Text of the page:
Elliott Smith, whose Miss Misery landed him an Oscar nomination after it appeared in the film Good Will Hunting, returns to the land of lost dreams, symphonic sketches, and lonesome melodies on Figure 8.
The typically disheveled songwriter brings together many different worlds here, melding alt-rock and singer-songwriter sensibilities. Combining detachment and grace, Figure 8 is almost equally divided between full band, pop-based fare like "Junk Bond Trader" and "Son of Sam" and much lighter acoustic tracks such as "Easy Way Out" and "I Better Be Quiet Now."
He'll never be accused of overflowing with joy, but Smith's harmonies are sweet, and the exceptional production of Tom Rothrock and Rob Schnapf adds strength to some otherwise stark soundscapes. There's true beauty in the way Smith's voice weaves around the parlor-styled piano in the hypnotic "Everything Means Nothing to Me," and splendor in the way "Can't Make a Sound" evolves from a hushed acoustic tale into a steady-building, slide-backed rock 'n' roll symphony.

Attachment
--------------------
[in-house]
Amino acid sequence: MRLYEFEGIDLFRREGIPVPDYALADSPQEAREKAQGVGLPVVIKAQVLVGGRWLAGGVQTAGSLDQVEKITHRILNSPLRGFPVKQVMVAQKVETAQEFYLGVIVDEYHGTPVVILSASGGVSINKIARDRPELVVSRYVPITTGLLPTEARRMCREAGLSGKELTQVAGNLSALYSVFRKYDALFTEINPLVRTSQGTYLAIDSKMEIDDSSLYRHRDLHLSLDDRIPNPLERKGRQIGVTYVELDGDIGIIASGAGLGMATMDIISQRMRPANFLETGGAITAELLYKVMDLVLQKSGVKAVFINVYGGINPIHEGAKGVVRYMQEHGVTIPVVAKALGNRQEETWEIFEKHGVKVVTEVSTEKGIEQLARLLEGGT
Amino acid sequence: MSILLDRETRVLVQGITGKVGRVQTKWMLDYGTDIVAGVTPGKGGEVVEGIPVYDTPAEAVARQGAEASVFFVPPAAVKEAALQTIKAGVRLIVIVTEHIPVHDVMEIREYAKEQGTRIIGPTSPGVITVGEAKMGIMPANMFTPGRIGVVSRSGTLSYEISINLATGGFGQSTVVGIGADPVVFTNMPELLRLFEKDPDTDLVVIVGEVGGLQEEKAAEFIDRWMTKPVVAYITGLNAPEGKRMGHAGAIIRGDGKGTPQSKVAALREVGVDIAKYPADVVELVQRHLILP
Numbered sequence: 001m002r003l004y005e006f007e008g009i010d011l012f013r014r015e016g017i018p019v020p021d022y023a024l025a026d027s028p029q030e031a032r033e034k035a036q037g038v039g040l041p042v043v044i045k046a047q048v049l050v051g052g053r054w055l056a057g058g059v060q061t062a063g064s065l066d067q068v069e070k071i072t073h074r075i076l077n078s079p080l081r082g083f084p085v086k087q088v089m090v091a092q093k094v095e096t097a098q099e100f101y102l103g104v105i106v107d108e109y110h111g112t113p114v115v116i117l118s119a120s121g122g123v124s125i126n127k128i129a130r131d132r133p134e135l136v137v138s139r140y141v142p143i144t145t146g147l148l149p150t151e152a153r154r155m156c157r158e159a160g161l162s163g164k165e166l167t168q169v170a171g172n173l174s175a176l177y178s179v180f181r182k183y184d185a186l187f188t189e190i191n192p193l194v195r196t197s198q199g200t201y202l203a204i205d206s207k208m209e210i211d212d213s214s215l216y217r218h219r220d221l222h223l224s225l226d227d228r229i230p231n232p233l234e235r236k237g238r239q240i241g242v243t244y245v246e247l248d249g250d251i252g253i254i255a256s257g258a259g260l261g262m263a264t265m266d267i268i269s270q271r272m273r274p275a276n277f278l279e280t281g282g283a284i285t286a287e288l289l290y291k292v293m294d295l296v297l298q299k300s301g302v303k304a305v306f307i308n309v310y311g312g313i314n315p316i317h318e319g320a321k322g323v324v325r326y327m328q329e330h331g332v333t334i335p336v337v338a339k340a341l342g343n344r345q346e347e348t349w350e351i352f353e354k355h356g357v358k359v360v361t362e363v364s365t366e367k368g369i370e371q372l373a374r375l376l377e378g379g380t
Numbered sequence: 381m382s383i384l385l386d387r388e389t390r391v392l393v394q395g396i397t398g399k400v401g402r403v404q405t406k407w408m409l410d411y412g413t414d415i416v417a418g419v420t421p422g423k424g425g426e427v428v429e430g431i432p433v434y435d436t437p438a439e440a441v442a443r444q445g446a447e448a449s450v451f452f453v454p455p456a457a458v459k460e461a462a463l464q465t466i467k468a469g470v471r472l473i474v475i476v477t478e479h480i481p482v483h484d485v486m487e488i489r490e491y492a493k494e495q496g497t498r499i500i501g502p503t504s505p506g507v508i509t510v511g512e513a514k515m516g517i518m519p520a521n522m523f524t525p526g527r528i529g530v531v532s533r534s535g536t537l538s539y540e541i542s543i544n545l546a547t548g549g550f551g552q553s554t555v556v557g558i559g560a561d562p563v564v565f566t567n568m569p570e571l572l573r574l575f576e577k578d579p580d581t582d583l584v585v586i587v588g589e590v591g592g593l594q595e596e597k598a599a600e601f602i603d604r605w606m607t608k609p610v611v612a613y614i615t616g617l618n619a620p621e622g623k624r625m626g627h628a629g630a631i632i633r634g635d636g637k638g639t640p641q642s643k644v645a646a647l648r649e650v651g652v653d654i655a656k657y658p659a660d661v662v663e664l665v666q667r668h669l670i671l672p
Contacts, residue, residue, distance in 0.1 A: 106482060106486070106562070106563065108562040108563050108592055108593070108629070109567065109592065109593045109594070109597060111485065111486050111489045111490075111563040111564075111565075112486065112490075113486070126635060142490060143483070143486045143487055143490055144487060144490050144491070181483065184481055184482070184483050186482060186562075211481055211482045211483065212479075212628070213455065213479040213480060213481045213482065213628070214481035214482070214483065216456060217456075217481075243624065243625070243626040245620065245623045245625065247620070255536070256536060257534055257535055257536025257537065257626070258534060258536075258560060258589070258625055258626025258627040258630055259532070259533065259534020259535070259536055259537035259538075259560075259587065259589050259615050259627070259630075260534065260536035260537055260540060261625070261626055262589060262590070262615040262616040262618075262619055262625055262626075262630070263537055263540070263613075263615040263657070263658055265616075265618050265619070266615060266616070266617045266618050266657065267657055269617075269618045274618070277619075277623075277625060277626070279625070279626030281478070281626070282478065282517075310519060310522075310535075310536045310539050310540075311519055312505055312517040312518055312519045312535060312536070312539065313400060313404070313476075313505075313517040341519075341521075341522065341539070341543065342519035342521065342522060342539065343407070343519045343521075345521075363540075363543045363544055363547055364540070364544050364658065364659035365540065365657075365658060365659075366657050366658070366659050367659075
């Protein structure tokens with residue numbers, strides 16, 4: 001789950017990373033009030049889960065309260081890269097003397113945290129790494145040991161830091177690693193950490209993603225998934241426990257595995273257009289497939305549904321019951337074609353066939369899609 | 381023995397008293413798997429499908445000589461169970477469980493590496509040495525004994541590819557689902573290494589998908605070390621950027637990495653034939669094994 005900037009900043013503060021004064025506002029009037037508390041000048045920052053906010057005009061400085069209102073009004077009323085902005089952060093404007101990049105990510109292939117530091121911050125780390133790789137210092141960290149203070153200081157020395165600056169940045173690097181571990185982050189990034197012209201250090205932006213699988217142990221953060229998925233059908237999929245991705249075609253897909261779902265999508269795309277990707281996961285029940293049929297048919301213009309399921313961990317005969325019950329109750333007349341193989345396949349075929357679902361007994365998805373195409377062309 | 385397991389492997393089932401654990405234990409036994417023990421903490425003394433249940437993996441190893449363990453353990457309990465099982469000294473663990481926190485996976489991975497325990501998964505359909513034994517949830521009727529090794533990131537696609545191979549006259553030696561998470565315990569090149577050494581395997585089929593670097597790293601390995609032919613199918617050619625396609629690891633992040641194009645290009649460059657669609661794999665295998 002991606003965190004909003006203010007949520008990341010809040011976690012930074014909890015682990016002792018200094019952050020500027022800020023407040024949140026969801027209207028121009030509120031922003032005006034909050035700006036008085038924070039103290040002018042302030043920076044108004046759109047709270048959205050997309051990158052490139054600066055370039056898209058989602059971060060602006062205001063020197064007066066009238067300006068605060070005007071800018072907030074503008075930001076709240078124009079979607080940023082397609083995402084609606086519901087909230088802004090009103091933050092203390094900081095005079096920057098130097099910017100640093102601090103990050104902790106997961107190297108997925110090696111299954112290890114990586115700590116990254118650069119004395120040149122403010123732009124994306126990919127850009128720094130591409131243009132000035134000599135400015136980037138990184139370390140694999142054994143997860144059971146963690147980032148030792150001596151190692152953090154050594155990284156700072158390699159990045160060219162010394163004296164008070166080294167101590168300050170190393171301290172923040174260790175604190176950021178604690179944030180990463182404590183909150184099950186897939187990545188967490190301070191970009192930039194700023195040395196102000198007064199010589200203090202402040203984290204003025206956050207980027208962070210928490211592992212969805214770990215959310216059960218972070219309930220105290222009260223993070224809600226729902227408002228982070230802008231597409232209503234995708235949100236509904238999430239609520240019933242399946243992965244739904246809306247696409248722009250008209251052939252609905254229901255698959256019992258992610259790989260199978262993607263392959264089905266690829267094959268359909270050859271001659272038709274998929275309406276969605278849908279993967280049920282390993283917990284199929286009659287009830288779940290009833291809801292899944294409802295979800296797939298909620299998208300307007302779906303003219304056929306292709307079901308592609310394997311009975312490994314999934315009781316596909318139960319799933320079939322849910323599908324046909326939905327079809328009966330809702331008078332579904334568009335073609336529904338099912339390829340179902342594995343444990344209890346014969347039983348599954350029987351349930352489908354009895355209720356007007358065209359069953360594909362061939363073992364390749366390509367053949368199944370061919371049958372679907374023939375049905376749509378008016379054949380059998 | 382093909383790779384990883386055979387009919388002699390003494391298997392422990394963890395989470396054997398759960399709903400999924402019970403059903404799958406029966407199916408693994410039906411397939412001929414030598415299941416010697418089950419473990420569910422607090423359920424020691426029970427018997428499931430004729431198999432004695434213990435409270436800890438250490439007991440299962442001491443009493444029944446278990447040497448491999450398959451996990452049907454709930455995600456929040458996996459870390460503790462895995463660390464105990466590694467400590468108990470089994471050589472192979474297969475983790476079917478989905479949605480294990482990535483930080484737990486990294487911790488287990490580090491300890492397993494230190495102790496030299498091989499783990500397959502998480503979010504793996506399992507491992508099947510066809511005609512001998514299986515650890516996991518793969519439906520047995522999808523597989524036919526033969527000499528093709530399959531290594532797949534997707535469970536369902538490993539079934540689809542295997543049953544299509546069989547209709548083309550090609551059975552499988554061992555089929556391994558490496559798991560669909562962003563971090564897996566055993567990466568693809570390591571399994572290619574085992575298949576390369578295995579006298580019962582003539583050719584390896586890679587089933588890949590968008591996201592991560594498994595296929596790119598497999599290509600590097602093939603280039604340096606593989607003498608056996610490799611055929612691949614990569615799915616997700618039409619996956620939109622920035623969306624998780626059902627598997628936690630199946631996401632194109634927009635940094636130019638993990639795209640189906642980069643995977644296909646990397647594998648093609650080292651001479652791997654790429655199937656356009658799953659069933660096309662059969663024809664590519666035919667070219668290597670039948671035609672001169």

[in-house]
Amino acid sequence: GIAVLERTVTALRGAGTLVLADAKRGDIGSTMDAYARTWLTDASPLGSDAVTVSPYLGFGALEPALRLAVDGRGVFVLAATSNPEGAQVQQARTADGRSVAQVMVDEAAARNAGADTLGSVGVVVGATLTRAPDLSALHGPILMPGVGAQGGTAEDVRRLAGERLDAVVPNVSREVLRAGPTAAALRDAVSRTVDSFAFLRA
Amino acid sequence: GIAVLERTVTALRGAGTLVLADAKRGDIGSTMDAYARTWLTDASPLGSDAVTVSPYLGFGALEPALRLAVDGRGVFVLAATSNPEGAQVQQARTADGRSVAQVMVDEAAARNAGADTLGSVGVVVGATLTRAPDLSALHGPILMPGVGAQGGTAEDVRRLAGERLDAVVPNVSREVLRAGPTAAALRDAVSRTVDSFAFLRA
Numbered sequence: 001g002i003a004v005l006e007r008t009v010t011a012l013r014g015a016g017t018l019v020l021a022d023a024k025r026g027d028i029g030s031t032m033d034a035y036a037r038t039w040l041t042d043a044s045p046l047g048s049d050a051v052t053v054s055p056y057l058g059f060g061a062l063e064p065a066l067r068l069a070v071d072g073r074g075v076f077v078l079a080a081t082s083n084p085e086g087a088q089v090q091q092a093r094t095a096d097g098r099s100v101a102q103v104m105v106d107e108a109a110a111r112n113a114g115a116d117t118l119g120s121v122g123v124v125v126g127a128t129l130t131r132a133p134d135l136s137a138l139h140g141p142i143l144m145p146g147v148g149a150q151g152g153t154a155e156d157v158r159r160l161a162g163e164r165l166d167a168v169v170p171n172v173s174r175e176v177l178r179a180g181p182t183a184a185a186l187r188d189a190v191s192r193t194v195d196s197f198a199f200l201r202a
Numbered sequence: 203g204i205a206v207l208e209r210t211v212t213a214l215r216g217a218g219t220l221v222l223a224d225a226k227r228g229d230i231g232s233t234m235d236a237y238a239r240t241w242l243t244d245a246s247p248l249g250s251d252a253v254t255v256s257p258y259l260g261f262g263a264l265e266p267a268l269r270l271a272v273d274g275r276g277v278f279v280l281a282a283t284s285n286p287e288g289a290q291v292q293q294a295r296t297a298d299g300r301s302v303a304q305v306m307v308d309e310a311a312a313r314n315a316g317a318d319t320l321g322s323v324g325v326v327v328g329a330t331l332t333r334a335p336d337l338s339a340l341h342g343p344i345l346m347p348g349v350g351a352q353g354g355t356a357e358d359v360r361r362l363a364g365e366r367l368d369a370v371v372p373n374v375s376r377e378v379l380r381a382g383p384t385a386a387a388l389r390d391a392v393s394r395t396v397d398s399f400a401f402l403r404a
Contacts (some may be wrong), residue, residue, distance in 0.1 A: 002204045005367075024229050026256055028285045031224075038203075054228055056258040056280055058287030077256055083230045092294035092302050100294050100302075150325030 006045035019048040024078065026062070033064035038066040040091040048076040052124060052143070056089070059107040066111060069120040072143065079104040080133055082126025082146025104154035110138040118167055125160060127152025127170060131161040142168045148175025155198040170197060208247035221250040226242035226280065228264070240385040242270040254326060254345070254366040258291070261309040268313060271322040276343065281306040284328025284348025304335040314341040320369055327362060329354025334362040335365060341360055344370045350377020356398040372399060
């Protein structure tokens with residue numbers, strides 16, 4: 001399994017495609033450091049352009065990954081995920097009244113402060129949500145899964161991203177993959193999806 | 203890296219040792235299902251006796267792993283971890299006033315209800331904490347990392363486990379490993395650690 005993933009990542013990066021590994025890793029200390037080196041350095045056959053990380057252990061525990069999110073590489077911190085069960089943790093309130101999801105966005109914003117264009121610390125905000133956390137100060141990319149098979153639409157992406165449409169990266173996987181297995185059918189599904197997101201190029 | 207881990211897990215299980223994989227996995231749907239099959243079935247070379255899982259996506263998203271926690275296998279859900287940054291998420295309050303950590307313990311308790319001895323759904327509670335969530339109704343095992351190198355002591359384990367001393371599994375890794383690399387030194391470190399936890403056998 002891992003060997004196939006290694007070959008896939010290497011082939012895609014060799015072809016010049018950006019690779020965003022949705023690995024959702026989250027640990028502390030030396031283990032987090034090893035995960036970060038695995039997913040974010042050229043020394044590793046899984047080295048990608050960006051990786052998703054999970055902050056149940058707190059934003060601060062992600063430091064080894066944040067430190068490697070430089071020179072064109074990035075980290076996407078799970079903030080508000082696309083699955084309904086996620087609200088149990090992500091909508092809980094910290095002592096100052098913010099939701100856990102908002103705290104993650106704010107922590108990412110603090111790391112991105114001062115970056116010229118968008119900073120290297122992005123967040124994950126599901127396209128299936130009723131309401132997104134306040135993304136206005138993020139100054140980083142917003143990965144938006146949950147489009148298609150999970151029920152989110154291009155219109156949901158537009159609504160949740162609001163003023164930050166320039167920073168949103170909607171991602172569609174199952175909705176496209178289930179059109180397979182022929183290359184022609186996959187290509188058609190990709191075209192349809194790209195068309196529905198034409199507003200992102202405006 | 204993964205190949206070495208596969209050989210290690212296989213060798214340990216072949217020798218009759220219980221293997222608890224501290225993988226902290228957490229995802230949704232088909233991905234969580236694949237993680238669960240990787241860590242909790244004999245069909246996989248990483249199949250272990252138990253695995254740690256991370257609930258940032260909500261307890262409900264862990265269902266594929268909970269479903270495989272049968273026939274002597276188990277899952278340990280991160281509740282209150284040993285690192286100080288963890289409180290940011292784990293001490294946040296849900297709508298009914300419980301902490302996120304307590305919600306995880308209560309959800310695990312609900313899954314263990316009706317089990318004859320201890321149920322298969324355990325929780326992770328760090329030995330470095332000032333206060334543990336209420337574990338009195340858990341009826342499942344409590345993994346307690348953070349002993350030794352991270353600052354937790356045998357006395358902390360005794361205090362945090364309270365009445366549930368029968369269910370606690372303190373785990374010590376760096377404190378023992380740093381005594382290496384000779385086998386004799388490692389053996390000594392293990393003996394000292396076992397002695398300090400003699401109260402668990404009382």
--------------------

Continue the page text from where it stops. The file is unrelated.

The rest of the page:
There are times, especially late in the album, where Smith risks lulling the listener too close to dreamland. But more often than not he exhibits substance to spare, while further enhancing his reputation as one of the real rising stars on the pop scene.